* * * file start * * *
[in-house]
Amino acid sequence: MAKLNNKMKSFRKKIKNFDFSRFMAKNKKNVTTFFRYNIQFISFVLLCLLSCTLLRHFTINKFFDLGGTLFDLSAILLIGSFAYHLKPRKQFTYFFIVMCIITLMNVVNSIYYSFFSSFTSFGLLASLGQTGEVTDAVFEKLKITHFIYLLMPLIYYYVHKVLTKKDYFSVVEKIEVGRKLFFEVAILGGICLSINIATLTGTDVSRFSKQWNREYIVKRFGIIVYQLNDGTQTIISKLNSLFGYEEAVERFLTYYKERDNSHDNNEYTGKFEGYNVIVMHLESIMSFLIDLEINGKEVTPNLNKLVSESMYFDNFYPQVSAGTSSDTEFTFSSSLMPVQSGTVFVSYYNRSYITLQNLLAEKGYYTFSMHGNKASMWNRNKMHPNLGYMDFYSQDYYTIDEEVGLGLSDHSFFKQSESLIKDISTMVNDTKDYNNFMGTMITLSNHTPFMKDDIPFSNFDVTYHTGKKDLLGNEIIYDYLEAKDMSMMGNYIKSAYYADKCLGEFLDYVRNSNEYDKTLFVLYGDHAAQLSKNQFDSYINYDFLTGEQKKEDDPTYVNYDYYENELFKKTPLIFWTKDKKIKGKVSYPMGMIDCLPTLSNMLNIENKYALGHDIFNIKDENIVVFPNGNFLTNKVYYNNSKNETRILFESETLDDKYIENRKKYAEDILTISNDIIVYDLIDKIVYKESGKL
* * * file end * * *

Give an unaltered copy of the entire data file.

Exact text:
[in-house]
Amino acid sequence: MAKLNNKMKSFRKKIKNFDFSRFMAKNKKNVTTFFRYNIQFISFVLLCLLSCTLLRHFTINKFFDLGGTLFDLSAILLIGSFAYHLKPRKQFTYFFIVMCIITLMNVVNSIYYSFFSSFTSFGLLASLGQTGEVTDAVFEKLKITHFIYLLMPLIYYYVHKVLTKKDYFSVVEKIEVGRKLFFEVAILGGICLSINIATLTGTDVSRFSKQWNREYIVKRFGIIVYQLNDGTQTIISKLNSLFGYEEAVERFLTYYKERDNSHDNNEYTGKFEGYNVIVMHLESIMSFLIDLEINGKEVTPNLNKLVSESMYFDNFYPQVSAGTSSDTEFTFSSSLMPVQSGTVFVSYYNRSYITLQNLLAEKGYYTFSMHGNKASMWNRNKMHPNLGYMDFYSQDYYTIDEEVGLGLSDHSFFKQSESLIKDISTMVNDTKDYNNFMGTMITLSNHTPFMKDDIPFSNFDVTYHTGKKDLLGNEIIYDYLEAKDMSMMGNYIKSAYYADKCLGEFLDYVRNSNEYDKTLFVLYGDHAAQLSKNQFDSYINYDFLTGEQKKEDDPTYVNYDYYENELFKKTPLIFWTKDKKIKGKVSYPMGMIDCLPTLSNMLNIENKYALGHDIFNIKDENIVVFPNGNFLTNKVYYNNSKNETRILFESETLDDKYIENRKKYAEDILTISNDIIVYDLIDKIVYKESGKL